Those Ns and Their Ideas

My friend, Denise, is an ISFJ, and she is having problems with one of her colleagues at work. “She has millions of ideas for how to promote our company,” says Denise, “but nothing ever comes of them. She’s very negative about the way we currently do things, and she’s very forceful, saying things like, ‘We have to change things around here.’ Sometimes I get so uncomfortable when she talks that I have to leave the meeting.”

It sounded to me like the colleague is an Intuitive, (“millions of ideas”) and Denise is having the classic problem that people sometimes have with Intuitives. When Ns share their ideas, instead of exciting people and enlisting their help, they often end up alienating people, and as a result, feeling alienated.

I asked Denise what her co-worker could do to make it easier for her to listen to her ideas. “First of all,” she said, “I wish she wouldn’t attack the way we do things now. It makes me feel stupid, and puts me on the defensive. I wish she’d talk a little about the things that work well in our company. Then I wish she’d ask us if we consider this certain thing a problem, and if we’d like to find a solution.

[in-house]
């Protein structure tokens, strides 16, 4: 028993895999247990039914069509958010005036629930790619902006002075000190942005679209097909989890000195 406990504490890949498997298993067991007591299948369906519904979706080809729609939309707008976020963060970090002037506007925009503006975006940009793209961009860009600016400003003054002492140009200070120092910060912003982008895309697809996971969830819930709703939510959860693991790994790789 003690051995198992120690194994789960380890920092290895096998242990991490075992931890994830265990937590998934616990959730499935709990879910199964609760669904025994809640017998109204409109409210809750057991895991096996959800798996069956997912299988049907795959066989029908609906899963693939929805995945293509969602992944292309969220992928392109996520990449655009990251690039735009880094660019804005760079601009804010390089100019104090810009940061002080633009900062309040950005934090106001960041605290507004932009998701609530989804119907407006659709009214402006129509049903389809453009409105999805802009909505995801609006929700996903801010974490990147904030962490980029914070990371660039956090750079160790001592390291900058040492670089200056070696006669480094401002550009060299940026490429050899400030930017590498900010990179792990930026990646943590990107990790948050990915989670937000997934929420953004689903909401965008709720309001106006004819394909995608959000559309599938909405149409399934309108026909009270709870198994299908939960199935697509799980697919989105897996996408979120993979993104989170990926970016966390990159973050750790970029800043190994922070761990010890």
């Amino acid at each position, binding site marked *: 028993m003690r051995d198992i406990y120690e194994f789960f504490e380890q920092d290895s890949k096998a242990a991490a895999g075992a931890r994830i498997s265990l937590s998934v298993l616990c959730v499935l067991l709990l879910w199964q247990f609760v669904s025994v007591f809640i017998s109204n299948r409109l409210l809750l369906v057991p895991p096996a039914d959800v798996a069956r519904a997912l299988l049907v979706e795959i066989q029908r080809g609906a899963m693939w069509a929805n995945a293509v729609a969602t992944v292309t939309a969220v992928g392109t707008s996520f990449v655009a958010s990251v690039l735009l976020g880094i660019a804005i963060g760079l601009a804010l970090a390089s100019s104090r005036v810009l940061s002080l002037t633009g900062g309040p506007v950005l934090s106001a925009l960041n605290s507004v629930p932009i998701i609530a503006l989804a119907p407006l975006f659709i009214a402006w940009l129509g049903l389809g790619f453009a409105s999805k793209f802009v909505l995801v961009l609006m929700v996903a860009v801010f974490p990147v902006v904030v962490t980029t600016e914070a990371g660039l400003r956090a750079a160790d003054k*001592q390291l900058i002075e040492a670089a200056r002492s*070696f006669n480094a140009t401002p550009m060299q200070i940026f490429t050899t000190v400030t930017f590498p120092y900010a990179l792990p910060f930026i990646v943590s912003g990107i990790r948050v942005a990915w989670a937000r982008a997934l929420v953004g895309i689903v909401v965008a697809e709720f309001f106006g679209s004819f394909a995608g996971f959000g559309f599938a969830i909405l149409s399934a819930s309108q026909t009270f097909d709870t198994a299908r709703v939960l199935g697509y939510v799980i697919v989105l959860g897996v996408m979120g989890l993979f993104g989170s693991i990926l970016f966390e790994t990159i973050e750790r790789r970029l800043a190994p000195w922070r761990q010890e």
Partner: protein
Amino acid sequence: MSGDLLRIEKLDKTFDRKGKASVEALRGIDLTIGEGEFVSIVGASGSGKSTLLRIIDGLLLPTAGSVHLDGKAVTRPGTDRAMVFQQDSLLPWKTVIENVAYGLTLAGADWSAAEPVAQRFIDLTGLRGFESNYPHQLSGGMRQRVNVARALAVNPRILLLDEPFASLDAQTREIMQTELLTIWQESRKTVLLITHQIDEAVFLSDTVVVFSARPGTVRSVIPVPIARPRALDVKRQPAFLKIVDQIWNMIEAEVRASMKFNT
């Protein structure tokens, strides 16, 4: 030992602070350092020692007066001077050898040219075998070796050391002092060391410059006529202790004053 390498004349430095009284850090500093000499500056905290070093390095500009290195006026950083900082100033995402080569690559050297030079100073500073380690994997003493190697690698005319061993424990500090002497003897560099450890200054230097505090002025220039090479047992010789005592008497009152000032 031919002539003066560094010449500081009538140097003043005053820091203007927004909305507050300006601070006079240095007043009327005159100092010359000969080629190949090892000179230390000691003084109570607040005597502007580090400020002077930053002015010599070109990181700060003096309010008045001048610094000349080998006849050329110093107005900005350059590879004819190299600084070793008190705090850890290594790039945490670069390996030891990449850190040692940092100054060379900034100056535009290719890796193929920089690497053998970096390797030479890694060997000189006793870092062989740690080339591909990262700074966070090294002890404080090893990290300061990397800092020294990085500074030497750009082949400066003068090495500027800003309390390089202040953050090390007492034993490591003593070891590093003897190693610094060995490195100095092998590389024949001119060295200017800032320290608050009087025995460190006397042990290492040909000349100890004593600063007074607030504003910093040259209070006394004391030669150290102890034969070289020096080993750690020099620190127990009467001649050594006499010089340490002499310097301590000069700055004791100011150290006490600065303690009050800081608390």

“Second, I wish she wouldn’t tell us we have to do things differently. I don’t like being bossed around, and I’m going to resist it. If she could present her ideas as something she would be willing to work on, then I would be more inclined to help her.  

“Third, her ideas sound so vague and far away and I don’t know what she wants from me. I’d like her to tell me specifically what she would like me to do, even if it’s setting up a time to talk about it some more.”

I asked Denise if there was anything she could do to help her colleague communicate better, or anything she could tell herself to make it easier to listen to the woman.

She thought for a minute and then she said, “When she’s sounding so negative about the way we do things now, I wish I could get her talking about what she’s for, instead of what she’s against. I think sometimes she doesn’t have the words yet to describe her solution, so she only talks about the problems. I guess I could ask her that: “What are you for in this company? What would you like to see?’